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The future of glass-making – Arts University Plymouth invests in electric furnace

The university's new furnace will reduce the annual energy consumption of its renowned hot glass studios by up to 80%
<p dir="ltr">A new cutting-edge electrical furnace has been installed in Arts University Plymouth’s hot glass studios, replacing the previous gas furnace, used frequently by craft, art and research students in undergraduate and postgraduate programmes across the arts university.</p> <p dir="ltr">This new furnace, the first of its kind in an educational institution in the UK, will reduce the annual energy consumption of the renowned hot glass studios by up to 80% in comparison to previous hot-glass blowing methods. It is forecasted to reduce the carbon footprint from hot glass at Arts University Plymouth by over 39 tonnes a year.<br /></p>
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The furnace in situ at Arts University Plymouth's hot glass studio

<p dir="ltr">The state-of-the-art electrical furnace is set to revolutionise the glass industry, making it much more affordable for graduates and artisan glass blowers to invest in the setup of their own studios should they choose to continue to develop studio-scale glass and practise the art form as an independent designer or artisan.</p> <p dir="ltr">Gayle Matthias, Course Leader for <a href="https://www.aup.ac.uk/courses/undergraduate/ba-hons-craft-material-practices">BA (Hons) Craft &amp; Material Practices</a> at Arts University Plymouth, said: “The purchase of this equipment illustrates Arts University Plymouth’s commitment to sustainable hot glass practice going forward. The efficiencies in terms of energy usage and glassblowing practice will greatly be improved by the addition of this state of the art equipment, it makes studio glass practice a more viable option for our graduates and models sustainable hot glass practice.”</p>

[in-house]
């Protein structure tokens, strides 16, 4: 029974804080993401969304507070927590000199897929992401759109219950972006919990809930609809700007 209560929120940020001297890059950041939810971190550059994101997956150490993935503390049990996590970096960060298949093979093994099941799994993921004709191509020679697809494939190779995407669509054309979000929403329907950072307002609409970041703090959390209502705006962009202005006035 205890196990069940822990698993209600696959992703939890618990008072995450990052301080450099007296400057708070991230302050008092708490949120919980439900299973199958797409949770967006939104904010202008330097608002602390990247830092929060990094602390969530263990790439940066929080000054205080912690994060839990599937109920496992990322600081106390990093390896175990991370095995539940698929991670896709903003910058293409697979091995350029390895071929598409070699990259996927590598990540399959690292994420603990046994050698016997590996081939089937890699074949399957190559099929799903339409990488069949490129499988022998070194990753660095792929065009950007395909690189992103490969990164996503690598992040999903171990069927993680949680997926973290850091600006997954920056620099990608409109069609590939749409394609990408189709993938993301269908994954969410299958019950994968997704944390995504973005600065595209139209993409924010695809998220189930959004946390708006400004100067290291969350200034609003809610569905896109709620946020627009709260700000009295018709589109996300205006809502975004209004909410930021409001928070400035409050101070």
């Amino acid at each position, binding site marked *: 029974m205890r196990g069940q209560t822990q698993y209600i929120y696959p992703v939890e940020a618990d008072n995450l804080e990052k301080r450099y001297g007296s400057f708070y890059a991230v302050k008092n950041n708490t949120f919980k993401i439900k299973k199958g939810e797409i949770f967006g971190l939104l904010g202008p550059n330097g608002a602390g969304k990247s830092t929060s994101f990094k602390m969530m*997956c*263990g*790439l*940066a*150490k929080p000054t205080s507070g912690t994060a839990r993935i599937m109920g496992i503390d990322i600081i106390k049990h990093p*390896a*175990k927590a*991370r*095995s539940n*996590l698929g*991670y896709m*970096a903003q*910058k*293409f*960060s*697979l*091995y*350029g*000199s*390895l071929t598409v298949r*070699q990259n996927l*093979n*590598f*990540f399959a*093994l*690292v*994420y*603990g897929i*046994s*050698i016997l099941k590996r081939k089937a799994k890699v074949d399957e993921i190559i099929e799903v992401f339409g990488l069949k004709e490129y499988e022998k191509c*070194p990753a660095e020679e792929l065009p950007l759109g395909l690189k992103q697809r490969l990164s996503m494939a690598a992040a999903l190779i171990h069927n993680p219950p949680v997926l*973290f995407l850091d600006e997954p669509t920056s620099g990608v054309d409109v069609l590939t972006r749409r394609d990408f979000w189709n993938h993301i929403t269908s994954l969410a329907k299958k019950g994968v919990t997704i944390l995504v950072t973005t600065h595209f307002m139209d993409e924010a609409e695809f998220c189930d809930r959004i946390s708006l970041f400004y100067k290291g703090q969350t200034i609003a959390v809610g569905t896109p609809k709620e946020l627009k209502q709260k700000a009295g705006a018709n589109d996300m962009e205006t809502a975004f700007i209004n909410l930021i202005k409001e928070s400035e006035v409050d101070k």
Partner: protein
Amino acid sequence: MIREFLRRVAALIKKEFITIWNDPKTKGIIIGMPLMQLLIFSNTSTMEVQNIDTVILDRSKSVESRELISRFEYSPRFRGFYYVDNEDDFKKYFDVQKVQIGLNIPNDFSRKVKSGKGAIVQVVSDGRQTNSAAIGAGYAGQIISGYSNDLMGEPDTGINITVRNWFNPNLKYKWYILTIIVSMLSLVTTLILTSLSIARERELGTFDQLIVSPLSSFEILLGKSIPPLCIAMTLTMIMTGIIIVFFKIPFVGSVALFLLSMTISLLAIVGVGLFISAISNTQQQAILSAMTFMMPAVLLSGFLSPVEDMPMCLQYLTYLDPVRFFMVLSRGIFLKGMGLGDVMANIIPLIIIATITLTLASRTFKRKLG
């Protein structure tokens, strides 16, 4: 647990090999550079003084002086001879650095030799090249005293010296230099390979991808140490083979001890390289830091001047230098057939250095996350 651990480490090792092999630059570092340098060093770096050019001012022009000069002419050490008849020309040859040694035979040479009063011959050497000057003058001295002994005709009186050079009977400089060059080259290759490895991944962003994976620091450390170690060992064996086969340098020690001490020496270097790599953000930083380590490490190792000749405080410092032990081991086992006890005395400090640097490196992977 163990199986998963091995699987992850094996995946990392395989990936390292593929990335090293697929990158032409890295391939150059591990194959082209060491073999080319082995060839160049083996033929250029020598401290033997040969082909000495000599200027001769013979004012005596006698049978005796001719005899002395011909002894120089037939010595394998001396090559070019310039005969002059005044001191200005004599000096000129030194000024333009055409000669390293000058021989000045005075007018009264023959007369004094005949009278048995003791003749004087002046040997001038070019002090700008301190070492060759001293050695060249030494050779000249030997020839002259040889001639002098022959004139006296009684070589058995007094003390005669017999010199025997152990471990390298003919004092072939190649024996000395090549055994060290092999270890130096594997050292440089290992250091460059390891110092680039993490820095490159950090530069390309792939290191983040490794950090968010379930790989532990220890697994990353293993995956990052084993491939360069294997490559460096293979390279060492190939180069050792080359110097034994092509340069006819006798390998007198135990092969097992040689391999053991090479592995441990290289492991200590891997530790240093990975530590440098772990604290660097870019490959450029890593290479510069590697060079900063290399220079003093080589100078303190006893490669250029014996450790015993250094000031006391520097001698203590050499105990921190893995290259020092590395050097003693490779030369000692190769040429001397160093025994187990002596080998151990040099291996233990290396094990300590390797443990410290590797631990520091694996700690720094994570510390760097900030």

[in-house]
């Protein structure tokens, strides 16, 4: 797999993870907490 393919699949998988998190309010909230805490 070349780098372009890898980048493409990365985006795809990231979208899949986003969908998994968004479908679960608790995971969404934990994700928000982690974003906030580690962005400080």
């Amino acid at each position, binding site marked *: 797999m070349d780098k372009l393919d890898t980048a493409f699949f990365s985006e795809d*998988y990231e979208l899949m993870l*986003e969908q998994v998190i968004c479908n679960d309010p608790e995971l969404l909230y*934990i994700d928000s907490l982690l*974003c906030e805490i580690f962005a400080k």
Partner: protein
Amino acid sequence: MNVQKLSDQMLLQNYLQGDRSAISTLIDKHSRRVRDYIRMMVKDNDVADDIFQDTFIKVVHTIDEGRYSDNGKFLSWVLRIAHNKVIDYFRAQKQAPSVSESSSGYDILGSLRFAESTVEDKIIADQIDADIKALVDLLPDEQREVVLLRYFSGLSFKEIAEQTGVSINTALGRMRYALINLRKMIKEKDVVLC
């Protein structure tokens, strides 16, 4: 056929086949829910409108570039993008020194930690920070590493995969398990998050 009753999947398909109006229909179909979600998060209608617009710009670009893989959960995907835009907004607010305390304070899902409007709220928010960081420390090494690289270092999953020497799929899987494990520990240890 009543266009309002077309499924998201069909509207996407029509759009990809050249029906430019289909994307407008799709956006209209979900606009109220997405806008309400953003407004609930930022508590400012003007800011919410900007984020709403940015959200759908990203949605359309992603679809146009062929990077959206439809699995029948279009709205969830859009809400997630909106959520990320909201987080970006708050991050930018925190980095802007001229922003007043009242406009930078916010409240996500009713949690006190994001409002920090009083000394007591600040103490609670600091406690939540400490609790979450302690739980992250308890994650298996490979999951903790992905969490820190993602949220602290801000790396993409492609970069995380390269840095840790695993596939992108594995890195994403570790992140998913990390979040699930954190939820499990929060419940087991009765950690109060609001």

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Fab Lab Principal Technician Ian Hankey uses the new furnace

<p dir="ltr">Ian Hankey, <a href="https://www.aup.ac.uk/resources/fab-lab">Fab Lab </a>Principal Technician and part-time technical demonstrator for hot glass, said: “This furnace is fantastic. It's the most efficient glass furnace I have worked with by far and also the best designed when considering ease of gathering and accessibility. I began my career as an apprentice on the maintenance and installation of glass furnaces in 1981. The new range of equipment from Interpower Induction represents the most significant, exciting and innovative change I have seen since then.”<br /></p> <p dir="ltr">Craft &amp; Material Practices student <a href="https://www.aup.ac.uk/posts/from-royal-marine-commando-to-hot-glass-artist-craft-material-practices-student-nathan-soper">Nathan Soper</a> said: “The new furnace is really good, a game changer. So many studios are shutting down because of gas bills. This furnace is definitely the future of glass.”<br /></p>
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BA (Hons) Craft & Material Practices student Nathan Soper uses the furnace

<p dir="ltr">Arts University Plymouth has actively embraced sustainable practices throughout its city-centre campuses, from reducing food waste and increasing recycling to reducing its carbon footprint through the use of electric vehicles and LED lighting, as well as switching to a carbon-neutral tariff.<br /></p>
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BA (Hons) Craft & Material Practices student Zeynep Korun uses the hot glass facilities

<p dir="ltr">An enormous amount of work has been put into the estates and facilities within Arts University Plymouth, with opportunities for staff and students to get involved in improving sustainability on campus and within the wider community. In 2018 the university’s Craft, Design and Fabrication workshop was awarded BREEAM Excellent status (the world's longest established method of assessing, rating, and certifying the sustainability of buildings), something that only 4% of new builds in the UK achieve.<br /></p>